There is so much goodness for us to enjoy this day, this week and during this season of spring. There is so much beauty for us to witness all around us and to emanate from inside of us. 

When we focus on the good, more of it seems to become visible to us.

Today, this week: Focus on the good things and they will grow in abundance.





Sunday, April 7, 2019

Spring Bouquet


Spring arrives with the same exhilaration I feel when I receive a gift of flowers. I have said time and again in this blog how much I love spring and how it is my favorite of the seasons. I particularly love the hopeful, spring-green color that emerges in the hillsides when everything starts to wake up and come back to life for another season of growing and blooming.

While I know that spring officially arrives in March, in our cold climate, spring doesn’t start to make itself obvious until sometime in April.

My love of spring began when I was a child, perhaps because my late mother and I enjoyed spring birthdays. More likely, however, I love spring because my mom embraced the season fully with a joy that could only rub off on those around her.


My late mother, Barb Naidl (right), and me, posing in front of one of the lilac bushes in our backyard.

Spring meant an ever-cascading array of flowers in our home—lilacs, lilies of the valley, branches of forsythia and flowering current, and stems of iris, some dark purple and white and others brown and yellow. All of these flowering beauties grew without much assistance in our spacious backyard. They seemed to know they were welcome there, so they flourished pretty much on their own.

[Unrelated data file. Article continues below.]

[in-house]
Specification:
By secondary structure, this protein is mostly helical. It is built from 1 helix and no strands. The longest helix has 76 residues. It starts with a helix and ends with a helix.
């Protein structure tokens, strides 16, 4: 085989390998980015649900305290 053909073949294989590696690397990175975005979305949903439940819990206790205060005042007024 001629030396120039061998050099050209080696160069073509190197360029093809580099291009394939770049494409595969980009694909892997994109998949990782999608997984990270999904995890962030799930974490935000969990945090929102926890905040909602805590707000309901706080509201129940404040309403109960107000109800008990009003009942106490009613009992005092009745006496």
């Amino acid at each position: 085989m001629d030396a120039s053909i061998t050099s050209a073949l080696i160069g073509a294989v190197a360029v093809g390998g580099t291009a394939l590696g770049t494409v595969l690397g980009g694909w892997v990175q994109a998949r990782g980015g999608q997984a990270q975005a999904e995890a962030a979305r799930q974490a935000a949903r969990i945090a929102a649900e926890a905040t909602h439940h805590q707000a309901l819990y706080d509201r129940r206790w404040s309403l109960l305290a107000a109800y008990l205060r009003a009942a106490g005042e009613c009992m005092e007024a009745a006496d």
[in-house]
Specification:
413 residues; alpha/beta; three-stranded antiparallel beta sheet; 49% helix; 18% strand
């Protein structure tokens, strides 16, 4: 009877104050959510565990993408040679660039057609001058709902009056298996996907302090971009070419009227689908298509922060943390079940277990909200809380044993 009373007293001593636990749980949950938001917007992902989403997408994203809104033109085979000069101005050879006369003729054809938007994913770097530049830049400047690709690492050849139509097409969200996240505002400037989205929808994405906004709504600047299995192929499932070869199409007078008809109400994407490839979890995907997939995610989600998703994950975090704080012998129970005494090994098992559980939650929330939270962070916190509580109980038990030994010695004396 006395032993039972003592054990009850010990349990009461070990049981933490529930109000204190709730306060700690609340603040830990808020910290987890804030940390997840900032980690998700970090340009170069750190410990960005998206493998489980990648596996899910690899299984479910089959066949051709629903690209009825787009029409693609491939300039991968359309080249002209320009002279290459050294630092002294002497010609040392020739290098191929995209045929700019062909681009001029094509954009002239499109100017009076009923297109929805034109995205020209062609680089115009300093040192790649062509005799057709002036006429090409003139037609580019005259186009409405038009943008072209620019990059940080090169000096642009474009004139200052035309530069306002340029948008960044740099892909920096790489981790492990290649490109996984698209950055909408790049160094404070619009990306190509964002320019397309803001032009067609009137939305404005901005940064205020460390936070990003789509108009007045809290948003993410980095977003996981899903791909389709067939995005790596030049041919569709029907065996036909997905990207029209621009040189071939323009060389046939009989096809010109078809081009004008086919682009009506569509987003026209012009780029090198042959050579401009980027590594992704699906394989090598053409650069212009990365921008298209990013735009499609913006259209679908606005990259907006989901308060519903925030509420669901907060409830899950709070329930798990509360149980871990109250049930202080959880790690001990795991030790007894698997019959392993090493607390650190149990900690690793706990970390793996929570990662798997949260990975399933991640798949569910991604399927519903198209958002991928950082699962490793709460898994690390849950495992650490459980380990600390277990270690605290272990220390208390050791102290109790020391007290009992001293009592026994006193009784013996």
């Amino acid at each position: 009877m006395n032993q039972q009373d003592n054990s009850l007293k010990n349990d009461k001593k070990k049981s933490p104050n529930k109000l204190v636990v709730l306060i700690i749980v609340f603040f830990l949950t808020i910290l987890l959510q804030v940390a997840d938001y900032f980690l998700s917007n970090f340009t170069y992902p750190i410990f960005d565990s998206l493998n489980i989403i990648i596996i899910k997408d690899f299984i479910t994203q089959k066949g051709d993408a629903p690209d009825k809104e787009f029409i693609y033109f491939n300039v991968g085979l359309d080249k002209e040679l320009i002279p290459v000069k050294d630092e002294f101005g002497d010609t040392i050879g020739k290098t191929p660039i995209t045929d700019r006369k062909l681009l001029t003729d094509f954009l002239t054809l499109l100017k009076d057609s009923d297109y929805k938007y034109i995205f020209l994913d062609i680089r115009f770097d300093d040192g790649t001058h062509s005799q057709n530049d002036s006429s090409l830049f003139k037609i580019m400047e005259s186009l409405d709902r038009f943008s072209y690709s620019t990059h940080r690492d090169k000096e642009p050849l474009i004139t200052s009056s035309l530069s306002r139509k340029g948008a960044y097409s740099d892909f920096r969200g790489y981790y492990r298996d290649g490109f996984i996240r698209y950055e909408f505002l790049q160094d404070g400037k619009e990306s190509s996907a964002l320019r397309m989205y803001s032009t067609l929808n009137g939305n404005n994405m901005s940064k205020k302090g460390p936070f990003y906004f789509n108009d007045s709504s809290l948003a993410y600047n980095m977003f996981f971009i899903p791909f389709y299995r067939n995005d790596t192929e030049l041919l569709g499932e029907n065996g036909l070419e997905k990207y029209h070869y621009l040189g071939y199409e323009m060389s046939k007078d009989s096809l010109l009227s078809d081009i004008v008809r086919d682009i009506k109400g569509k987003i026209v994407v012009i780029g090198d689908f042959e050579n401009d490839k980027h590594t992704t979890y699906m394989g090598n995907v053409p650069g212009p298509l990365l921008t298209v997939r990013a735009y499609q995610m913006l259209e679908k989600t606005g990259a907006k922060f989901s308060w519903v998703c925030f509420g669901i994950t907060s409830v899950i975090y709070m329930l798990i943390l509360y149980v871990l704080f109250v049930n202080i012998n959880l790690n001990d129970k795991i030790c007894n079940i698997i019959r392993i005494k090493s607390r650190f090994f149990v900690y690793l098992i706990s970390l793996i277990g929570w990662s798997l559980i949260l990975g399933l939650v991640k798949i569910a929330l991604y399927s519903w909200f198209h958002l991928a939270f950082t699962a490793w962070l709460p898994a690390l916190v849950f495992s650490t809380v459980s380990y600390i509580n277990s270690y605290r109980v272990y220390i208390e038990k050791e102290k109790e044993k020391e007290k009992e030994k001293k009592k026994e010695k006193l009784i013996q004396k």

Me, lounging in our backyard. The beds of iris are visible behind me.

Beginning in April all the way through May, Mom would fill antique pitchers of all sizes with flowers, including one really large white porcelain pitcher that nestled perfectly into a large porcelain bowl, even though the bowl was not its original mate. That pitcher was so heavy that it required two hands to carry it safely.


This heavy bowl and pitcher held sprays of beauty during all seasons.

My favorite spring flowers were the lilacs and the lilies of the valley because of their heady scent. Mom would carefully cut, trim and then arrange small branches heavy with lavender and white lilacs in her precious pitcher collection and then place them strategically in nearly every room in our house, thus filling each space with fragrance.




There would be delicate milk glass vases filled with lilies of the valley, offering a lovely white-on-white contrast to the dark walnut antique commode chests on which they would be featured in our home’s living room. My mother loved antiques, so our home was rich with them.




Spring also meant the early budding of our yard’s three willow trees. Although they tend to be messy, I’ve always loved weeping willows. In the spring, they are among the first trees to hint that the seasons are changing, with their delicate yellow hue. 


The weeping willows in our yard provided a place for me to play and imagine.
In the early spring, they were among the first trees to hint at spring when they
turned a gentle shade of yellow-green while everything else was still brown.

Violets played a big part in my childhood springs and they still do today. As if overnight, our backyard would transform into a sea of white and purple as the violets began to bloom. Our family would wait to mow the lawn for the first time in the spring until the violets had had their time to shine.